Server management is present to avoid and resolve these conflicts in the server and maintain stability. Regular server operation demands that admins frequently update software and tweak settings for better performance and less chance of problems. This highly unpredictable task requires admins to think on their feet and react to dynamic situations.

Server Monitoring

Server monitoring involves not only performance and parameter monitoring but also traffic monitoring. Admins need to be vigilant and keep a close eye on suspicious traffic activity. DDoS attacks are only growing more frequent, and cybercriminals are constantly trying to exploit any vulnerability.

Performance monitoring includes monitoring server temperatures, resource usage, and performance over time. If performance seems to be declining over time, it is a sign of something going wrong. Perhaps the server is insufficiently equipped to handle growing traffic, or one of the components is failing. Server monitoring can avert a disaster in the making and save your business.

Server Maintenance

Server maintenance involves regularly auditing the server’s performance and keeping everything current. Software, security protocol, and hardware updates come under server maintenance. With the latest technologies like AI and Machine Learning, servers require frequent component upgrades for a higher performance ceiling. Upgrading the server to meet these growing demands is also a part of maintenance.

Managed Dedicated Server Hosting: A New Server Management Strategy

Managed Dedicated Server Hosting: A New Server Management Strategy

As you may have gathered, it is not easy to manage a server. Many of the server administration skills required can only be learned through experience. There is a world of difference between an amateur SysAdmin and an experienced one. Unfortunately, with how unpredictable the economy has been lately, hiring such a professional is not always an option for businesses.

This is where managed dedicated server hosting shines. Managed hosting involves leasing a server directly from a provider and paying them to manage it. There is no need to get your hands dirty when you can commission the pros to help you.

Here are a few advantages of server management services that may interest you:

Technical Support and Simplification

The biggest advantage of retaining managed dedicated server hosting is the technical support. Managed hosting is classified as a Platform as a Service (PaaS) service. These servers not only come with infrastructural management but also have custom control panels. These panels give customers server control without subjecting them to complex coding and technicalities.

Expertise and Cyber Security

Server security cannot be stressed enough. Threat actors are always present and servers must be shielded at all times. With managed server hosting, you have a team of experienced server management experts helping with configuration. They can get you started with firewalls, malware detection, advanced routing, and other complex provisions.

If things go wrong or you need something changed, their extensive expertise comes into play. Veteran programmers and developers can troubleshoot and fix issues far quicker than me or you. Having managed services providers on the case is often far more secure than trying to do it yourself.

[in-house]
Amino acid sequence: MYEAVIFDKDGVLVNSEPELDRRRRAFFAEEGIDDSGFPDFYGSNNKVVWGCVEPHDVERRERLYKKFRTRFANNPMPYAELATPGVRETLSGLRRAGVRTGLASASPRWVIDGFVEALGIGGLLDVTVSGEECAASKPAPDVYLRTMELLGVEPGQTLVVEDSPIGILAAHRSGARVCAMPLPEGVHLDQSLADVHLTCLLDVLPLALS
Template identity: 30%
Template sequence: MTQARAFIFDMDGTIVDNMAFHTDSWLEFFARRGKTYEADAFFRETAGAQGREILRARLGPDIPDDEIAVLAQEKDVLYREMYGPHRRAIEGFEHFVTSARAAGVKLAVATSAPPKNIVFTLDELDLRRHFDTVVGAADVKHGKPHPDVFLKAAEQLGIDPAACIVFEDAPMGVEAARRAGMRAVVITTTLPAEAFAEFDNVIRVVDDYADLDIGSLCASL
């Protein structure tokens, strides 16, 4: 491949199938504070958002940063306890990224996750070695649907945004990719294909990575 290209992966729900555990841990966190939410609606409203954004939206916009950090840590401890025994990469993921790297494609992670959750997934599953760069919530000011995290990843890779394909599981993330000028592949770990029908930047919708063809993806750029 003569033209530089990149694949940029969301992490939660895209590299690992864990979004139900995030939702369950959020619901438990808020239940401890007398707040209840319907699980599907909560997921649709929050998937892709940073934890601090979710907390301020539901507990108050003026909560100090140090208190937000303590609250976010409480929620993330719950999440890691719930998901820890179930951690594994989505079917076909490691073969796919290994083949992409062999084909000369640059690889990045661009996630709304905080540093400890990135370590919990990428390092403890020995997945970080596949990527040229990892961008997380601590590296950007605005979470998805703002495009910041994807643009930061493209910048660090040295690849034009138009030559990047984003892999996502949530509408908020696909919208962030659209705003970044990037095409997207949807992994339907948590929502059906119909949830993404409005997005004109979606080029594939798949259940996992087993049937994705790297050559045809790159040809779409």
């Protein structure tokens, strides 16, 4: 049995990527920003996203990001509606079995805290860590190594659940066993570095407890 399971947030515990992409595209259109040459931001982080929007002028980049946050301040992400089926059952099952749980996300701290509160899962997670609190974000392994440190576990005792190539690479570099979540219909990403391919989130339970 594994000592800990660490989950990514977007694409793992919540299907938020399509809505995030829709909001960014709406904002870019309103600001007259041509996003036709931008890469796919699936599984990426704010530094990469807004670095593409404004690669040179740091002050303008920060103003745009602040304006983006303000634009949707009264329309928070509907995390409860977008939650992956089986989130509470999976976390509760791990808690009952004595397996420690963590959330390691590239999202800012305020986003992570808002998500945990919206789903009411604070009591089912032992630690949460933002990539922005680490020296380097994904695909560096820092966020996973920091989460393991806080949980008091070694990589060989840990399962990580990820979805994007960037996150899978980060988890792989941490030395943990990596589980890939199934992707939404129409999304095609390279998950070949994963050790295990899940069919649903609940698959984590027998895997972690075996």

Cost Savings

The highlight of managed services is the cost savings they can bring to small businesses. Applications are not cheap to run, and on-premises hosting and server management cost a pretty penny. The only options available are to build a budget server and configure it yourself or hire someone to do it for you for a high price.

Managed dedicated server hosting, such as the one provided by RedSwitches, gives businesses a third option. For as low as €40/month, small businesses can gain access to cutting-edge server hardware with effective server management. These cost savings make servers accessible to even a local grocery store. Managed server hosting brings the power of servers to everyone.


Server management is a crucial part of running a business today. Online presence is everything in modern times, and having well-managed and maintained servers is an easy ticket to success. Whether you leverage server management services or establish an in-house operation, it is recommended not to cut corners. Invest in robust server management and maintenance; it will pay huge dividends later down the road.


Q. What is server management, and why is it important?

Server management involves monitoring, maintaining, and optimizing server performance to ensure reliability, security, and efficiency. It’s crucial for maintaining uptime and protecting data.

Q. How do you monitor server performance effectively?

There are dedicated monitoring tools available for servers. Notable names include Zabbix and Prometheus for monitoring Central Processing Unit (CPU), RAM, and disk usage. These tools can be set up to alert admins of any irregularities in performance.

Q. What are server security best practices?

Firewalls, rate limits, and load balancing are basic protections every server needs. Database querying and data management must also be heavily protected to prevent breaches.

Q. How often should server backups be performed?

Ideally, perform daily backups, but the frequency can vary based on data criticality. Ensure backups are tested regularly for integrity.

Q. What are some recommended automated server management tools?

Automation server management software like Ansible, Puppet, and Chef are excellent for automated configuration management and deployment tasks.

Q. How can you ensure the high availability of servers?

Use redundancy, load balancing, and failover solutions. Regularly test disaster recovery plans to ensure quick recovery from failures.

Q. What is the difference between external server monitoring and server management?

Monitoring involves tracking performance and health metrics, while management encompasses all activities to maintain and optimize server performance, including updates and backups.

Q. How do you handle server overloads?

Server overloads can be mitigated with load-balancing technology and scalable server infrastructure. Updates and upgrades must be planned and budgeted for minimal issues.

Q. What are common server management challenges?

Challenges include ensuring security, managing backups, handling downtime, and scaling resources. Keeping software updated and managing configurations are also critical.

Q. Why is documentation important in server management?

Documentation is provided for basic operational guidance. Every server component and software comes with documentation. Reading through the documentation can help you troubleshoot issues and understand server workings.